JS: What, then, do you see as the “ethical responsibility of the critic”?
EO: I could not answer you in a way that would use the definite article: the ethical responsibility! If I felt that level of conviction, I probably would not have taught the class the way I did—as an intellectual history attentive to different answers to this question. Such an intellectual history is in a sense a therapy for being confused by your own incommensurate leanings. I’m a product of a long education and habituation in a profession divided between the cultivation of sensibility and the production of theoretical and historical knowledge about culture. Accordingly, I’m also divided in that way.
But if pressed, I’d say that to be a good critic, you have to be able to communicate your sensibility. As Stanley Cavell puts it, you have to be able to get others to see what you see. One impulse I have is to overcommit theatrically to this side of the critical double bind—to say, with Emerson, “I would write on the lintels of the door-post, Whim. I hope it is somewhat better than whim at last, but we cannot spend the day in explanation.” For me, the results of taking this statement—which is a knowing overstatement—as a tenet are enlivening.
I would also like to understand how to reconcile my sense that the stylish and striking expression of taste has value with what I have learned from Foucault about the history of the subject. How could one write ecstatically and/or whimsically and/or idiosyncratically without taking subjectification to be a form of freedom?
JS: Has this question influenced how and what you write?
EO: I’d say it’s the question behind my forthcoming book, On Not Knowing. That’s not to say the book answers the question but that it tries to find a way to live with it. While I was writing, there on the rug beside me were this question and my dog—both actually benevolent enough presences in the end.
JS: Can you say a bit more about On Not Knowing?
EO: On Not Knowing is a group of interlinked essays that grew out of an experiment: I wanted to try not editing the personal out of the critical essay. This was a different task from the one I took on with my first academic book, Credulity: A Cultural History of US Mesmerism. For that book, I depended a lot on the work of other scholars, and I also did some primary archival work. It was important that I establish how that archival work related to the secondary literature and how it helped me say new things about the primary literature.
In my scholarly writing in general, I’m also engaged in this kind of collective process of trying to say what occurred historically at a particular moment in time, both in terms of what happened and what structures of feeling were in process. I’m pursuing collective questions that another literary historian or historian of the same period might have a stake in.
But in On Not Knowing, my prompt to myself was to write about forms of unknowing, and to gravitate toward experiences in which knowledge seemed beside the point. The book starts with the feeling of being like a minnow or a schooling ocean fish, a creature that reacts so splendidly to tiny currents in the water but without being able to get, or act on, a bird’s-eye view. I describe, and try to write from the position of, being at once undermined and committed, incapable of giving a complete description of my acts and yet nonetheless responsible for them. It’s about how irrelevant one’s knowledge can be to the work of care. It’s about knowingness as an obstacle to love.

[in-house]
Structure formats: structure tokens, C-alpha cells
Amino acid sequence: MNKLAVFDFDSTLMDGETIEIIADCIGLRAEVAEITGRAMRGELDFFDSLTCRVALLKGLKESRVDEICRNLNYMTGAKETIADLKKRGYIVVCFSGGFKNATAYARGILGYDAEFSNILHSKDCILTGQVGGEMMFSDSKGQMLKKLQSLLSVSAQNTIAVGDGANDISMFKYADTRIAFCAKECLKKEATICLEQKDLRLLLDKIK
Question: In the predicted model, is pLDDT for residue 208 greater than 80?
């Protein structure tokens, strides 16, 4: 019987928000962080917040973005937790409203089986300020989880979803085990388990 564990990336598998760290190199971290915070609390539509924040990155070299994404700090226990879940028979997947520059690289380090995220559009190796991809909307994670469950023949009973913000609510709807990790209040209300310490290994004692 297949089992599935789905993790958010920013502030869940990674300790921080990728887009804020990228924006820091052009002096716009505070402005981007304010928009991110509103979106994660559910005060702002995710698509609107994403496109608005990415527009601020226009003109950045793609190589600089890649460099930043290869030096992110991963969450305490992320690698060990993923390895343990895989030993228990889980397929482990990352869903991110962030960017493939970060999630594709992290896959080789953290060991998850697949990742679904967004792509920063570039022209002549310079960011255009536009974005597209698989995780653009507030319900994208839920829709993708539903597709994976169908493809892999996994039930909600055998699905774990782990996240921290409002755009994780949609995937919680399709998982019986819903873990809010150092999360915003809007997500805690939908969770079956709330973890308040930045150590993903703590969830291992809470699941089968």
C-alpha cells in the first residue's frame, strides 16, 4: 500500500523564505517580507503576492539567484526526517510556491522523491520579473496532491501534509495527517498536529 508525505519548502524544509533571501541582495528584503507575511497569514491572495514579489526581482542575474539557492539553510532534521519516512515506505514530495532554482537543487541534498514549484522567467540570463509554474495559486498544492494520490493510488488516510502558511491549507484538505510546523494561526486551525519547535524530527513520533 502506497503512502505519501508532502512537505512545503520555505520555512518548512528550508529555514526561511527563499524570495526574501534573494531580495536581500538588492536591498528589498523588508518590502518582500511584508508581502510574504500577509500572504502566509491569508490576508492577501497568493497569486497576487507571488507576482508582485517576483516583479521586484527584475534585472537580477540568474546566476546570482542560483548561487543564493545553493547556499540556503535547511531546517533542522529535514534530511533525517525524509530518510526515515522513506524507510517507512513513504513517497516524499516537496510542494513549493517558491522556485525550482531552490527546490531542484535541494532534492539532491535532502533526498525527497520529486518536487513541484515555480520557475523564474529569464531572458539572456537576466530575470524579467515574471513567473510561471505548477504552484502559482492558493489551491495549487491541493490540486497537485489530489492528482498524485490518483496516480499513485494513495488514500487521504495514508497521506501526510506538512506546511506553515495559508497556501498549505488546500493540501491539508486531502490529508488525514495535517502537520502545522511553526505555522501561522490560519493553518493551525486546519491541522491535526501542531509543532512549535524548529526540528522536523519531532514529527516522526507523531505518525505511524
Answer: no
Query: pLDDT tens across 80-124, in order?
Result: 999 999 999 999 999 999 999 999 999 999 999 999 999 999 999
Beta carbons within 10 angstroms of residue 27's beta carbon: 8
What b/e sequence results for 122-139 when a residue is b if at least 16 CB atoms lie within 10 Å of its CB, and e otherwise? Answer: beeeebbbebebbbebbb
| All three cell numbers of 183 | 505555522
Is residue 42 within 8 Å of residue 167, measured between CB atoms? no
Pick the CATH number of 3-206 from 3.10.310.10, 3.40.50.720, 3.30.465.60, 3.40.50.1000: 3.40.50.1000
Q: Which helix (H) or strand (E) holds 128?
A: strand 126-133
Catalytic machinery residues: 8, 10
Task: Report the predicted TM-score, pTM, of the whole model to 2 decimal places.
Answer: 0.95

In Tact, David Russell says that essays take their liberty to start from wherever we find ourselves. I gave myself permission to do this in my book, on the theory that something definite is gained—a particular kind of intelligence is accessed, maybe—by not demanding to know where you are going before you get there. So the essays walk crabwise from one problem to another, and a substantial part of their work occurs in these transitions that don’t occur, that aren’t spelled out.
JS: I’m struck by the fact that you use the word “collective” twice in that response: “collective process” and “collective question.” Can you say more?
EO: The reason I use the word collective in relation to Credulity but less so in relation to On Not Knowing is because I think that establishing what happened historically can never be left to one book. A set of books might tell a variety of stories that converge to some extent, and so I submit my offering, but leave it to be corrected by a person who knows more about X, Y or Z. There’s something like a jointly held model.
Whereas in On Not Knowing, I try to offer a way of experiencing a set of texts or a way of thinking about a set of themes that is more partial and may well be rejected or may not be an offering that the reader wants. That doesn’t mean there’s nothing social about the enterprise, but I don’t have a sense of a kind of hologram of the world that I’m contributing a piece to as I do with historical criticism.
JS: Has writing On Not Knowing changed how you approach more traditional academic criticism?